When Donskey asked whether police had determined a possible motive warranting the charges, Kudron said Sackett was on extended supervision resulting from a sexual assault case. That supervision included the stipulation that “he was not to have relations with a female unless his probation officer knew about it and agreed,” Kudron said.

Malszycki told police that Somvilai threatened to tell the probation official about her relationship with Sackett, Kudron said.

Under cross-examination by Sackett’s attorney, Christopher Zachar, Kudron said police found no signs of a disturbance in Somvilai’s bedroom but that a piece of glass was on the living room floor.

Zachar suggested, and Kudron concurred that the cellphone data can be imprecise, so that the location of Somvilai’s cellphone could have been as far as 15 miles from the lake, or other locations, such as Coon Valley or Westby.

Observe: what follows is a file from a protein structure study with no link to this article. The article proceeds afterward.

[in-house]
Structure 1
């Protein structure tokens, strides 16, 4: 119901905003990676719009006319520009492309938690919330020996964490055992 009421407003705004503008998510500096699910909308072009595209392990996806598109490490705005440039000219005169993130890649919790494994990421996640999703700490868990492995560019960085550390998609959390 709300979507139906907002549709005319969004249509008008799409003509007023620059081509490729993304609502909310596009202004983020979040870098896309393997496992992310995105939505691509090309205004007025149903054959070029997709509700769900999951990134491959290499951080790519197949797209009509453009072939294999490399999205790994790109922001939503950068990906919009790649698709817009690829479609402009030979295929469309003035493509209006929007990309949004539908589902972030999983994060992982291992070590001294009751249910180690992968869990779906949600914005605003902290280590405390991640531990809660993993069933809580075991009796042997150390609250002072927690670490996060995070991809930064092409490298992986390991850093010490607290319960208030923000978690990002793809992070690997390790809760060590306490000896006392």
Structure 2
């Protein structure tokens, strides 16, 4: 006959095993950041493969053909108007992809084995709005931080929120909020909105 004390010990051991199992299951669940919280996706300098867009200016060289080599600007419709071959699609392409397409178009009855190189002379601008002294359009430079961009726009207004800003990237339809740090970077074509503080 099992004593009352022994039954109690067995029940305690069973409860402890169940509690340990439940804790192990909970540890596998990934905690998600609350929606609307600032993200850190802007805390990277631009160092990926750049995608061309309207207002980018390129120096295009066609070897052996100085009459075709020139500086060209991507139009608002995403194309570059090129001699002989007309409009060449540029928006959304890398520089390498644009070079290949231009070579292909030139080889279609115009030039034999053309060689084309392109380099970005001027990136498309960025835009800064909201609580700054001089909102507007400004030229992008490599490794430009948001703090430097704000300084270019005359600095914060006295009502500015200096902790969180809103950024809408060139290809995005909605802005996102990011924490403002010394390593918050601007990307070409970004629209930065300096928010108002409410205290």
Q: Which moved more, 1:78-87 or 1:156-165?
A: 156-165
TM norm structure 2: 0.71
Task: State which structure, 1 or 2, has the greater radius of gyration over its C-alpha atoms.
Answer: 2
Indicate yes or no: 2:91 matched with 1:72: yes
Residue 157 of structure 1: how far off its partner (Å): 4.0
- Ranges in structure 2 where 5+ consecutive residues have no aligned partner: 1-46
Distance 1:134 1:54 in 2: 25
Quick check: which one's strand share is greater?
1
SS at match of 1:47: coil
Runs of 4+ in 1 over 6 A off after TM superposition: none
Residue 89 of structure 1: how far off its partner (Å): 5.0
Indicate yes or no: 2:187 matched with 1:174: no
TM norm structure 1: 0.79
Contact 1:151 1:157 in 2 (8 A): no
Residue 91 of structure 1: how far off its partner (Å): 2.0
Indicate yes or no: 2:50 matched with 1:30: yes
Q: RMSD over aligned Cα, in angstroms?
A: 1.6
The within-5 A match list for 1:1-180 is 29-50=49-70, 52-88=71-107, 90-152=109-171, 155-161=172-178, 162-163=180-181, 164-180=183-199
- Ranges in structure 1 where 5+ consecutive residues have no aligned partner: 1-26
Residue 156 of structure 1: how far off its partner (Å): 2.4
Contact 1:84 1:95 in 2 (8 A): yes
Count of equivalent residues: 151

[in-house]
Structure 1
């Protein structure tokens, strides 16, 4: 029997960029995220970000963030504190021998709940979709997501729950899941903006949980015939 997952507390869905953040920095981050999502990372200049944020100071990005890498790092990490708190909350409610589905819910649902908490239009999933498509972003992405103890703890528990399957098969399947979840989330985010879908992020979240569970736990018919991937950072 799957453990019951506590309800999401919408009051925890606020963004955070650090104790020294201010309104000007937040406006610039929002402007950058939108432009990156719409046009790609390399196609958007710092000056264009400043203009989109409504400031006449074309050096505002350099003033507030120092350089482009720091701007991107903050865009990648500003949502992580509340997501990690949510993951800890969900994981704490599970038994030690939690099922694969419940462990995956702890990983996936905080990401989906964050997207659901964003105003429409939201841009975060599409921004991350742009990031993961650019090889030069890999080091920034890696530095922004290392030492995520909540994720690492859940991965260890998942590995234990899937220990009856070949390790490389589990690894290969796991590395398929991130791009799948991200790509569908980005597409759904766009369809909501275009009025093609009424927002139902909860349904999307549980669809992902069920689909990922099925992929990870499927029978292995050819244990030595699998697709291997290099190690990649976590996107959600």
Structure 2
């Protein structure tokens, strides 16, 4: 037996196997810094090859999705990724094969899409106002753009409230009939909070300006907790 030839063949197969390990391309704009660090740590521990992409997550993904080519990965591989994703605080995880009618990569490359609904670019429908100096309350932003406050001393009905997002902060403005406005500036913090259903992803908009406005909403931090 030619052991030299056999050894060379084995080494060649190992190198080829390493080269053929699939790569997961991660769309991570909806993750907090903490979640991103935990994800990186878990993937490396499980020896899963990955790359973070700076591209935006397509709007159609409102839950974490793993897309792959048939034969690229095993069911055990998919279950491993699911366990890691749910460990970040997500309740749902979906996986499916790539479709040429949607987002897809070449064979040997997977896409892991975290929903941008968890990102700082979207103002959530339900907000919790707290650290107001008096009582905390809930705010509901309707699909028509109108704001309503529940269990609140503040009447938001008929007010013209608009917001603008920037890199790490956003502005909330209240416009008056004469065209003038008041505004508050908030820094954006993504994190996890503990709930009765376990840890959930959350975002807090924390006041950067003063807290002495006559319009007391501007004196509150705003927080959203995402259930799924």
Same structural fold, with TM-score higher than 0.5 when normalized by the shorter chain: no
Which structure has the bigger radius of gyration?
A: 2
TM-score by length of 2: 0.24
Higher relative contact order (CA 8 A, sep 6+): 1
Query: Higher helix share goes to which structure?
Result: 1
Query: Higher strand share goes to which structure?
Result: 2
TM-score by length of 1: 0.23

Kudron confirmed that records confirmed texts from her phone to Sackett’s, threatening to kill herself and that she had a bandage on her wrist.

Zachar asked Kudron whether the body showed signs of obvious trauma, to which the investigator replied no.

The hearing was continued until 11 a.m. Oct. 17 because the medical examiner who is to testify was not available Wednesday and that is the earliest date available for all the parties.

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(6) comments

LaCrosse Lady

Unless he made the cement blocks or altered them someway (example - by painting them or splattering paint on them) - very generic.